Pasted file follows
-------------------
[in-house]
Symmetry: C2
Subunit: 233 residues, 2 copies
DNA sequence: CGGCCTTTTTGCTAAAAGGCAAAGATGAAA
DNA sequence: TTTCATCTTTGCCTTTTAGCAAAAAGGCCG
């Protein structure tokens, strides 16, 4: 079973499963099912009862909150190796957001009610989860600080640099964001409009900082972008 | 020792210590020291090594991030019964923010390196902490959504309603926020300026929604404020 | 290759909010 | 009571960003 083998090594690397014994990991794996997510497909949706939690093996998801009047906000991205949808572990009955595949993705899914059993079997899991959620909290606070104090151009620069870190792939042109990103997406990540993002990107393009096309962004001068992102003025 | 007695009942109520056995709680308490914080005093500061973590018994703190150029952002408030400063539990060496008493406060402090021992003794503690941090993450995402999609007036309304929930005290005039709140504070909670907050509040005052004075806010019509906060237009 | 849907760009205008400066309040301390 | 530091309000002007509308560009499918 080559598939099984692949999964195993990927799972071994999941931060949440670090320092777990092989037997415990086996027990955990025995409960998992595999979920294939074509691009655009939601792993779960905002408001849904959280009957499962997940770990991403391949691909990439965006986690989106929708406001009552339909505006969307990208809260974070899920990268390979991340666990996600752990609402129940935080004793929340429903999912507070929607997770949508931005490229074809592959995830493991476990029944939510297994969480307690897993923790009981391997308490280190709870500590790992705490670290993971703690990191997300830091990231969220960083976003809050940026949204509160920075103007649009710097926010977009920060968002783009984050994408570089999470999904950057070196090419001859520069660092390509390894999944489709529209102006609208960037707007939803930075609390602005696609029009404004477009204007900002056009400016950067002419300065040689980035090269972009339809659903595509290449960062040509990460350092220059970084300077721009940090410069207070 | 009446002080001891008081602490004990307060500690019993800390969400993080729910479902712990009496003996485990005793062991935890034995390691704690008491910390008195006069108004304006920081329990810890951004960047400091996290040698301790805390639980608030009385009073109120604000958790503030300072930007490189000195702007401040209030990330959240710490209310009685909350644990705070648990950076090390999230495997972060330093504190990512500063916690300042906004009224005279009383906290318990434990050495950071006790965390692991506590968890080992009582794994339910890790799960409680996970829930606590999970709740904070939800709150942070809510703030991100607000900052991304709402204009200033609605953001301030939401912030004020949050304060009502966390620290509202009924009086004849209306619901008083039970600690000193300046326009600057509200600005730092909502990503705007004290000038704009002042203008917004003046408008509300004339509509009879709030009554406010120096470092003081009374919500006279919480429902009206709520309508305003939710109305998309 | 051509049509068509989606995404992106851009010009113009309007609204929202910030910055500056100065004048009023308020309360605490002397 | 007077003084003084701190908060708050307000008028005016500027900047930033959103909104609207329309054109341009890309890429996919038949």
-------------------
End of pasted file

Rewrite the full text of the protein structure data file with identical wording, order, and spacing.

[in-house]
Symmetry: C2
Subunit: 233 residues, 2 copies
DNA sequence: CGGCCTTTTTGCTAAAAGGCAAAGATGAAA
DNA sequence: TTTCATCTTTGCCTTTTAGCAAAAAGGCCG
């Protein structure tokens, strides 16, 4: 079973499963099912009862909150190796957001009610989860600080640099964001409009900082972008 | 020792210590020291090594991030019964923010390196902490959504309603926020300026929604404020 | 290759909010 | 009571960003 083998090594690397014994990991794996997510497909949706939690093996998801009047906000991205949808572990009955595949993705899914059993079997899991959620909290606070104090151009620069870190792939042109990103997406990540993002990107393009096309962004001068992102003025 | 007695009942109520056995709680308490914080005093500061973590018994703190150029952002408030400063539990060496008493406060402090021992003794503690941090993450995402999609007036309304929930005290005039709140504070909670907050509040005052004075806010019509906060237009 | 849907760009205008400066309040301390 | 530091309000002007509308560009499918 080559598939099984692949999964195993990927799972071994999941931060949440670090320092777990092989037997415990086996027990955990025995409960998992595999979920294939074509691009655009939601792993779960905002408001849904959280009957499962997940770990991403391949691909990439965006986690989106929708406001009552339909505006969307990208809260974070899920990268390979991340666990996600752990609402129940935080004793929340429903999912507070929607997770949508931005490229074809592959995830493991476990029944939510297994969480307690897993923790009981391997308490280190709870500590790992705490670290993971703690990191997300830091990231969220960083976003809050940026949204509160920075103007649009710097926010977009920060968002783009984050994408570089999470999904950057070196090419001859520069660092390509390894999944489709529209102006609208960037707007939803930075609390602005696609029009404004477009204007900002056009400016950067002419300065040689980035090269972009339809659903595509290449960062040509990460350092220059970084300077721009940090410069207070 | 009446002080001891008081602490004990307060500690019993800390969400993080729910479902712990009496003996485990005793062991935890034995390691704690008491910390008195006069108004304006920081329990810890951004960047400091996290040698301790805390639980608030009385009073109120604000958790503030300072930007490189000195702007401040209030990330959240710490209310009685909350644990705070648990950076090390999230495997972060330093504190990512500063916690300042906004009224005279009383906290318990434990050495950071006790965390692991506590968890080992009582794994339910890790799960409680996970829930606590999970709740904070939800709150942070809510703030991100607000900052991304709402204009200033609605953001301030939401912030004020949050304060009502966390620290509202009924009086004849209306619901008083039970600690000193300046326009600057509200600005730092909502990503705007004290000038704009002042203008917004003046408008509300004339509509009879709030009554406010120096470092003081009374919500006279919480429902009206709520309508305003939710109305998309 | 051509049509068509989606995404992106851009010009113009309007609204929202910030910055500056100065004048009023308020309360605490002397 | 007077003084003084701190908060708050307000008028005016500027900047930033959103909104609207329309054109341009890309890429996919038949």